Tag Archives: dam

Lemon Meringue at Die Kloof Padstal in Montagu (2020-10-26) Farm Stalls | Photo Gallery 16 MAR 2021

Also known as Route 62 Restaurant and Farm Stall, Die Kloof Padstal is probably one of the more famous farm stall stops in the Langeberg area. Literally the first building that you encounter on the left as you enter Montagu via the Cogmanskloof tunnel side, this is a proper never-say-die institution, having survived countless floods, veld fires, the seemingly never-ending roadworks that have defined the area for so many years now, and now of course the recent decimation of the tourist industry that Covid-19 and all its accompanying lockdowns have wrought.

Die Kloof Padstal is situated on the banks of the Keisie River, and its large, tree shaded outdoor area features picturesque views of Bloupunt and the Langeberg mountains. This spacious garden area is filled with stuff for the kids to play on, making it a very family friendly space, and if the weather is say not so great on the day of your visit, they also have a very comfortable, cozy interior section under their quaint thatched roof. Free wi-fi happily keeps you connected while you wait on your food and drinks to arrive, and given their rather extensive menu, you are pretty much guaranteed to find something to your liking.

The farm stall itself is packed with all manner gifts, crafts, handbags, hats, and books to browse through, as well as a plethora of locally produced dried fruit, nuts, jams, biltong and preserves to indulge in. We tend to try and pay at least one visit to Die Kloof Padstal whenever we find ourselves staying in the Montagu area, and last year’s lovely little between lockdowns stay at Badensfontein was certainly no exception.

The kids stretched their legs, we ate our lemon meringue and they their waffles and ice cream, and then we all went down the road to spend some time watching the mass of sacred ibis birds that roost at the Leidam, Montagu’s old leiwater dam. Tranquil.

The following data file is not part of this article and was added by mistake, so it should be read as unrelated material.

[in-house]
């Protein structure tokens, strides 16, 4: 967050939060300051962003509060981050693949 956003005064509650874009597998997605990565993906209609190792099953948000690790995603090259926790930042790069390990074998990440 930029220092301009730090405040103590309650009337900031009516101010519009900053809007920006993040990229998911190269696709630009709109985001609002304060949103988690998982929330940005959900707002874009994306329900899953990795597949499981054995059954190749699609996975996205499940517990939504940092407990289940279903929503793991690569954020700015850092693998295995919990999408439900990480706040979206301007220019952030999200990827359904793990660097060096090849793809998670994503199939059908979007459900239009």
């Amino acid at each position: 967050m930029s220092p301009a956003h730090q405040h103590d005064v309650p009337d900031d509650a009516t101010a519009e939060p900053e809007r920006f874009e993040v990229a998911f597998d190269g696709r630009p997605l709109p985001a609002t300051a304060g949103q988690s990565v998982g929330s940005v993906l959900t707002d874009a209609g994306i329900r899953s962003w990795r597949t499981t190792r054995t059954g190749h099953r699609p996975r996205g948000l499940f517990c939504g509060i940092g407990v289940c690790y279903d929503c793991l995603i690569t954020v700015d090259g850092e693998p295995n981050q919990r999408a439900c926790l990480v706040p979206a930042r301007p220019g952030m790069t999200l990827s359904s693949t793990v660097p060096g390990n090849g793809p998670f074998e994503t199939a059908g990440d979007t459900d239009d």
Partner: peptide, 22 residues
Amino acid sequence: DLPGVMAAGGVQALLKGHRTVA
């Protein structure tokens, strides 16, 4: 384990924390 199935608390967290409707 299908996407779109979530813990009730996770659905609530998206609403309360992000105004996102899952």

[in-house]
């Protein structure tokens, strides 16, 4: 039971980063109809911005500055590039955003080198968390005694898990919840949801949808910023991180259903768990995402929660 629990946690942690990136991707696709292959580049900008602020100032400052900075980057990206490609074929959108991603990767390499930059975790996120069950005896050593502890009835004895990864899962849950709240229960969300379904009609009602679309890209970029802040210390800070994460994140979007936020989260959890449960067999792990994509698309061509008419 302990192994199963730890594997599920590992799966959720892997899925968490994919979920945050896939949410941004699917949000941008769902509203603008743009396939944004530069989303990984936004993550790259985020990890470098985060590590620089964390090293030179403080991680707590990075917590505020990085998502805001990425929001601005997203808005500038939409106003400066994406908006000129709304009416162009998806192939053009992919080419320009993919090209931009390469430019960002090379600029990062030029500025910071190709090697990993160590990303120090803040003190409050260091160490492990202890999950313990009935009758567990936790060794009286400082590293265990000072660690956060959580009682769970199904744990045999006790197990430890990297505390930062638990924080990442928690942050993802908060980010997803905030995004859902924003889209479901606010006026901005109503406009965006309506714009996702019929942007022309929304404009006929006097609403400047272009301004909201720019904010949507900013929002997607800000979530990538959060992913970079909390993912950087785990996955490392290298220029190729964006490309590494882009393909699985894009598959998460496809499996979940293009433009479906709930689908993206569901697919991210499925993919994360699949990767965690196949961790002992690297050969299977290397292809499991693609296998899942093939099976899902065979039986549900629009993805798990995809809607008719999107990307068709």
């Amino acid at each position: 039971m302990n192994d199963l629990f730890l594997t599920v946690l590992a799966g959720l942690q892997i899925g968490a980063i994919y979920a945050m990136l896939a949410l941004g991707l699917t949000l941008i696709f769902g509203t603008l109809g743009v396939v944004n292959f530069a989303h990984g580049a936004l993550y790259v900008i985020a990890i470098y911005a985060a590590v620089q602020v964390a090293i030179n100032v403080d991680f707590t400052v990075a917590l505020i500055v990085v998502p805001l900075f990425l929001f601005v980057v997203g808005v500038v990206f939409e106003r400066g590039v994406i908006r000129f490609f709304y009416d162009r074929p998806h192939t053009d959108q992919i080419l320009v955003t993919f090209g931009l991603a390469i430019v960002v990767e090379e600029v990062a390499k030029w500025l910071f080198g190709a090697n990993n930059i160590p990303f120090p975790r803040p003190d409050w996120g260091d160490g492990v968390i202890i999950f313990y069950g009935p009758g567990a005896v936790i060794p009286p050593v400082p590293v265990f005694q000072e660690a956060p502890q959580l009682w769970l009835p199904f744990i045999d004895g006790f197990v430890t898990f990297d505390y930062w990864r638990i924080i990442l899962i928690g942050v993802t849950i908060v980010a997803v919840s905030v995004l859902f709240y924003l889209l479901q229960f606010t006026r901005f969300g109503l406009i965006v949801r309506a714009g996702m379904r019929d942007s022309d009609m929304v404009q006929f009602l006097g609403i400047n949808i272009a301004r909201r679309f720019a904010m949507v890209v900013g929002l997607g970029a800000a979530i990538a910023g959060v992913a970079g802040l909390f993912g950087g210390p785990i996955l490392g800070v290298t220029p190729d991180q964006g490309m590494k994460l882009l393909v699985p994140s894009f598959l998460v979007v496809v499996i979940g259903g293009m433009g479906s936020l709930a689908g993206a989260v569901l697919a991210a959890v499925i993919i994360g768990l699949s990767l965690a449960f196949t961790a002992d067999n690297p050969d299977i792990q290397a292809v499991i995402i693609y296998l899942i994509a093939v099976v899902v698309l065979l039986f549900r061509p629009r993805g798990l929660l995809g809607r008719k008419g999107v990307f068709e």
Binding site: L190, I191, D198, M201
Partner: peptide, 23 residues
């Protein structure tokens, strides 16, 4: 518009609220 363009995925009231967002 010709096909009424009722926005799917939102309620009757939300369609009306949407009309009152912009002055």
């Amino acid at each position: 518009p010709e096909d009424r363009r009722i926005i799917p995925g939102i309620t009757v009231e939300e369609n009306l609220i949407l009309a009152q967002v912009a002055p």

A Stroll around Door de Kraal Dam in Bellville (2021-01-30) Nature and Animal Attractions | Photo Gallery 09 MAR 2021

The family and I felt like a bit of a walk about Majik Forest in the Door de Kraal suburb of Bellville the other day, so we hopped into the car and headed out to the Northern Suburbs via the R300, making our way up the gates only to realize that under current Covid-19 lockdown levels, the fenced in Majik Forest park was still very much tightly locked up. Disappointed, we quickly moved on to a different option in the same area, the remarkably nearby Door de Kraal Dam.

Situated in the heart of the suburbs, tucked in between Door de Kraal, Kenridge, and Tyger Valley (and just across from the sprawling Willowbridge Mall village), the Door de Kraal Dam is a fair sized man made dam that offers a neat little green space that comes with picnic lawns, a circular walking path, fishing opportunities (this is the only local dam in the area that catch and release fishing is allowed at), and a great variety of birdlife, thanks in part to the many reeds growing around the banks of the dam.

It’s not a particularly long walk, between 1 and 2 km to go around via the path, but it is wide open green space with clear blue skies above and happy dogs being walked all around you.

McDonalds at Poinsettia Park in Somerset West (2020-08-22) Nature and Animal Attractions | Photo Gallery 20 FEB 2021